see what London was like in 1927 – rare colour film, uncovered by the BFI
Uncovered recently by the BFI, this footage was taken in 1927. 18 years earlier the dresses were longer; and probably less cars. But this was the London, Lucy Pevensea and Mark Birch (two 21st kids) found themselves in. Different isn’t it? Find out more of a world of danger, intrigue and timetravelling teenagers…..
This is Abbey Kat – an elder states’ cat. She can’t take the excitement, as you can see.
I think I may need to rename her: Eggs Benedict Abbey
Sharing this because Lloyd George gets everywhere 🙂
First published in The Sketch, on the 25 April 1923 (Issue 1578) and later collected in Poirot Investigates (1924). The story’s setting in the Poirot chronology is considerably earlier than most of the other stories in the Sketch series, apparently taking place shortly after the Styles case. Poirot has just taken up permanent residence in London and is not yet the famous, fashionable detective that he will soon become; Hastings, meanwhile, is still working for the army in an administrative capacity. In fact, the war is still very much ongoing and patriotism is the keynote of the tale – a keynote that is struck by Poirot himself. When visited by two government officials who hope to enlist Poirot’s help in finding the missing Prime Minister, the immigrant detective understandably enquires: ‘What made you come to me? I am unknown, obscure in this great London of yours.’ He has apparently…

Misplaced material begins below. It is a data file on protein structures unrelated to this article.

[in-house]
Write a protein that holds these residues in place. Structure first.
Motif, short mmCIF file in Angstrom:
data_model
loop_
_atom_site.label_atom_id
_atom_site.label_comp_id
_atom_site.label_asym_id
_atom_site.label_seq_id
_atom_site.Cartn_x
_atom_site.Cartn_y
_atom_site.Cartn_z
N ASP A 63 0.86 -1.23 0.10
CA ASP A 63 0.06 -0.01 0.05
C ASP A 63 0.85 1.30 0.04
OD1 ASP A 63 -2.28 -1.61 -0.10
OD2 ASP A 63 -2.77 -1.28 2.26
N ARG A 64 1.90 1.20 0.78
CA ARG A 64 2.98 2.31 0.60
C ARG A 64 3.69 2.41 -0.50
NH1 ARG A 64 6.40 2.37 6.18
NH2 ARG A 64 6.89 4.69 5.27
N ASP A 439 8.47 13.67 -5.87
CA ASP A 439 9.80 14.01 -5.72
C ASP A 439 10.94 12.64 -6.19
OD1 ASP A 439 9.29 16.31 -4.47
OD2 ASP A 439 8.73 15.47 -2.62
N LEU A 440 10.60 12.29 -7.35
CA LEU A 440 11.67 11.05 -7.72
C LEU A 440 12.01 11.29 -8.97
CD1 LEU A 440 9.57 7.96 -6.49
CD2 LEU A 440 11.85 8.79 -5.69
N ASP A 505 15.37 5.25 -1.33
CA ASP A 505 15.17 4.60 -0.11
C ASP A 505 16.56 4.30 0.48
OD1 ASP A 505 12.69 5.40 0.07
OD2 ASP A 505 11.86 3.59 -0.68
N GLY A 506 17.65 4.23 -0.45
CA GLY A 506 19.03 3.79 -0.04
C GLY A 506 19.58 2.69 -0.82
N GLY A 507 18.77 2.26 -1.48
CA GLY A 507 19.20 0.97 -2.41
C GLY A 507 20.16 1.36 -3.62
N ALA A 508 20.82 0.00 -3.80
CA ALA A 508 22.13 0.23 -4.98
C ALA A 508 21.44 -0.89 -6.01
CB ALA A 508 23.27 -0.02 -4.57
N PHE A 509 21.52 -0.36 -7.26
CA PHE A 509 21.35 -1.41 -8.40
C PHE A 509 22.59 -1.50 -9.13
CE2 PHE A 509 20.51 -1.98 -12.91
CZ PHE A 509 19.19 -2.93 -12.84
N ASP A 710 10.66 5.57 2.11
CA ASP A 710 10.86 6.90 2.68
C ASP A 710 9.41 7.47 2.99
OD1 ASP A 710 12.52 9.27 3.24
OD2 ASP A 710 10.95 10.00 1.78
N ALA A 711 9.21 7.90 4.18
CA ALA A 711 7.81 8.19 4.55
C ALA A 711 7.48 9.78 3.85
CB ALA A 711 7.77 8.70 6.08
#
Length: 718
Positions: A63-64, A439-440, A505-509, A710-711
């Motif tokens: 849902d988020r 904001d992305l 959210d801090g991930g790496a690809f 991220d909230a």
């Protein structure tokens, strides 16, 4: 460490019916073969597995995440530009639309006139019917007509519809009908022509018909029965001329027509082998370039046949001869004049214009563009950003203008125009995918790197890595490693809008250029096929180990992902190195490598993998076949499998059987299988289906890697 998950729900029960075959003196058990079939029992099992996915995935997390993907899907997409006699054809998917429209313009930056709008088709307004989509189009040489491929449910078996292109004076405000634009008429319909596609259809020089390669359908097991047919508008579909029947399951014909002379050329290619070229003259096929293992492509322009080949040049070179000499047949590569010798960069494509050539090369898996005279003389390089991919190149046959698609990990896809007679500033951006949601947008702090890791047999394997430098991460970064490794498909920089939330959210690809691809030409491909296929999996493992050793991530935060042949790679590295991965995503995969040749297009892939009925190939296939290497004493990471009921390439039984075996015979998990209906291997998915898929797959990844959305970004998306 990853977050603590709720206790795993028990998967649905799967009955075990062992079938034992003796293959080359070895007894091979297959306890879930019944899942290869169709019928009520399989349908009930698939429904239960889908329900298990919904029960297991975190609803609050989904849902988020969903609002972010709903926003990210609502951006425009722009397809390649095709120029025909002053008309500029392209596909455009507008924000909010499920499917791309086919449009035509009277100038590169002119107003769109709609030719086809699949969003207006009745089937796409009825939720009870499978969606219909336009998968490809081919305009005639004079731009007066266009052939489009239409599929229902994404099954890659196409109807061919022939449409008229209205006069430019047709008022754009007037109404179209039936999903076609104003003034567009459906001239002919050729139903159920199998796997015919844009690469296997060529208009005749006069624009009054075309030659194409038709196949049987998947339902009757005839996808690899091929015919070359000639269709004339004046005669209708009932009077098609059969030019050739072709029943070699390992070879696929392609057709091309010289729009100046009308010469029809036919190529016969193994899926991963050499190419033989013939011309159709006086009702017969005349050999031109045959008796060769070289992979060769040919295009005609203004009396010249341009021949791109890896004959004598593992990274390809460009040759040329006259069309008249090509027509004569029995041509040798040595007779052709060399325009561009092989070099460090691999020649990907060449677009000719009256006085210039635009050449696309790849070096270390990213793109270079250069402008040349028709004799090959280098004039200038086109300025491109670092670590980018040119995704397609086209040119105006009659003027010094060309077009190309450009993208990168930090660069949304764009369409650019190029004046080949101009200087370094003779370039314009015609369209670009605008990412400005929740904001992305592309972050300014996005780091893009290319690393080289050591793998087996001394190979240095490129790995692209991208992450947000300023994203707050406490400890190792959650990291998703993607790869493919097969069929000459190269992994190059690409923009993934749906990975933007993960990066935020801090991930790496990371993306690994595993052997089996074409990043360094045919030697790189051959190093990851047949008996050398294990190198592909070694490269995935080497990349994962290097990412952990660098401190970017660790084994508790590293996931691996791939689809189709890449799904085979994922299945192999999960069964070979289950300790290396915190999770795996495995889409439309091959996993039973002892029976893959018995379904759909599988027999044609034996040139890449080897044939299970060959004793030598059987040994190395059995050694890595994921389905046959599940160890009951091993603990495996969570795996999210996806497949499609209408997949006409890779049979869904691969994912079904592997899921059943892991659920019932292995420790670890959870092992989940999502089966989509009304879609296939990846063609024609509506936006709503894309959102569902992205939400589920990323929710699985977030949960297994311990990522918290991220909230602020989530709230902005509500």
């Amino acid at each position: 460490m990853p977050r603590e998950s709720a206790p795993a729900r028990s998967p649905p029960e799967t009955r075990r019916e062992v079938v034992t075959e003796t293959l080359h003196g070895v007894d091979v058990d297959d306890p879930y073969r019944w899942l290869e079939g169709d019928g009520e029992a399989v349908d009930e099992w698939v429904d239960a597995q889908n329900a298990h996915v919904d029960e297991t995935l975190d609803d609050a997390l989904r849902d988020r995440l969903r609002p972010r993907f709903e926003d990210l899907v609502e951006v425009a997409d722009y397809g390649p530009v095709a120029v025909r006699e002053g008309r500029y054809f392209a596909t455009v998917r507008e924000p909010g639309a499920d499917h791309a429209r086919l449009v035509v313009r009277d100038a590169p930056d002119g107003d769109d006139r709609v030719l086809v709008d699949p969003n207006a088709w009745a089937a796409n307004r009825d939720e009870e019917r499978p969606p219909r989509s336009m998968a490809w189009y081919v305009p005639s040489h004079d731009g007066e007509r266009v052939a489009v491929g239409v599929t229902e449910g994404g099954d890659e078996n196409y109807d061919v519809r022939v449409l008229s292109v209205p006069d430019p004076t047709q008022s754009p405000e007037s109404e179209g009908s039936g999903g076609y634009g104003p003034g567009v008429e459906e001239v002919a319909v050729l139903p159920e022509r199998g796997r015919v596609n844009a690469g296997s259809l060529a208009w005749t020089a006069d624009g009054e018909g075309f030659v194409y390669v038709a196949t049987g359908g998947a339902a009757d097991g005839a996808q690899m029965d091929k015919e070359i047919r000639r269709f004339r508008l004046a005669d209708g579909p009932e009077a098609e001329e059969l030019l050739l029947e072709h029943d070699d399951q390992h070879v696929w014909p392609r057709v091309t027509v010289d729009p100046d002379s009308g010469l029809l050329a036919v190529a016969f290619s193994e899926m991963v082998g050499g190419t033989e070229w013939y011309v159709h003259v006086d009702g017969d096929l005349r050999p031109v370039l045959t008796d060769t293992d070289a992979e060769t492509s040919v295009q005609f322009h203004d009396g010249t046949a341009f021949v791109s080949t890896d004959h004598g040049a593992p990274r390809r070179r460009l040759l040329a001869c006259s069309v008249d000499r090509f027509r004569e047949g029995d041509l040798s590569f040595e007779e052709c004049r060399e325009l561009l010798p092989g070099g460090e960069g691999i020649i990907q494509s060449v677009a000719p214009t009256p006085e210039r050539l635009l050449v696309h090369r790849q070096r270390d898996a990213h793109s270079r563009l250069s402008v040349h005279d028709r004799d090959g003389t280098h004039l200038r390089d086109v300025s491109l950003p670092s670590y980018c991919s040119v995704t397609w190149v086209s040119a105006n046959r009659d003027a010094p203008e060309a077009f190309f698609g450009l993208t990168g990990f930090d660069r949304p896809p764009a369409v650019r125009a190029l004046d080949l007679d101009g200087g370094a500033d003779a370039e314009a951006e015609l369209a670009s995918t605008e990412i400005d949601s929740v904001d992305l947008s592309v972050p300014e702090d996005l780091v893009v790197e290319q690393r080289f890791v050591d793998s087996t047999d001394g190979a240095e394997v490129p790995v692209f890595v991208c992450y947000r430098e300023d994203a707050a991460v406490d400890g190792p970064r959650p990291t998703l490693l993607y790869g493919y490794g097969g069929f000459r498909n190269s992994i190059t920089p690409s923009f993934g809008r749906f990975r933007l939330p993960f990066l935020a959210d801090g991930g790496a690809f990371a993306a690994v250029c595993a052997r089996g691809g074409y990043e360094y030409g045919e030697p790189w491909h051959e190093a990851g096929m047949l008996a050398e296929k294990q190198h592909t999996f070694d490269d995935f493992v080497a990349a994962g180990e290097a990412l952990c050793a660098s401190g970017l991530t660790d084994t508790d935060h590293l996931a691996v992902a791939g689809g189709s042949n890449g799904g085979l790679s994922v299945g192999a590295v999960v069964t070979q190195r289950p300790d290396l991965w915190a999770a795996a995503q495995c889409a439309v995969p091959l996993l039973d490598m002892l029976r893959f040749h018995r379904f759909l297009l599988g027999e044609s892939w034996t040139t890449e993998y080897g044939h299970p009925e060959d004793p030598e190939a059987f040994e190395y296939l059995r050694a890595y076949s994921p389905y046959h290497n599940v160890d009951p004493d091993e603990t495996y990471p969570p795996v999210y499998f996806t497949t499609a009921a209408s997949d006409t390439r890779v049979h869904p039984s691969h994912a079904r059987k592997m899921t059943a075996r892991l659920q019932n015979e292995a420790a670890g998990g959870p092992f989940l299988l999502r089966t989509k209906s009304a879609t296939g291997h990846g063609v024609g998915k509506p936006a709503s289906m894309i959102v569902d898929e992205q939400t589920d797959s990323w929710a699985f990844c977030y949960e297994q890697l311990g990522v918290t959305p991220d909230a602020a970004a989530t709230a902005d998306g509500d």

View original post 1,409 more words
The latest possibility. How well does it capture the essence of the first book’s cover?
Thoughts please guys:
Here are two book cover options for the 1949 Affair… let me have your thoughts please chaps:
or this third option?
As an historian, I usually don’t have a lot of time for geography. It’s professional pride. We’re at opposite ends of the humanities – and like daleks and cybermen, historians and geographers are fundamentally different. One is a noble exponent of detection, the other a mere scientist.
but for Phyllis Pearsall, I am prepared to make an exception. Because like our Kate Shrewsday and a post of hers earlier in the year on Kaspar, Phyllis Pearsall was also instrumental in solving my plot problems.
Born in 1906, Phyllis had one brother – the painter – Anthony Goss, CBE, RA. Her mother was an Irish Catholic Suffragette and her father – in addition to being a Hungarian Jewish Immigrant – was the owner of cartography company Geographia Ltd which went bankrupt and was re-founded by Alexander Goss, as the American Geographia Map Company.
I wish I could have included her…
View original post 394 more words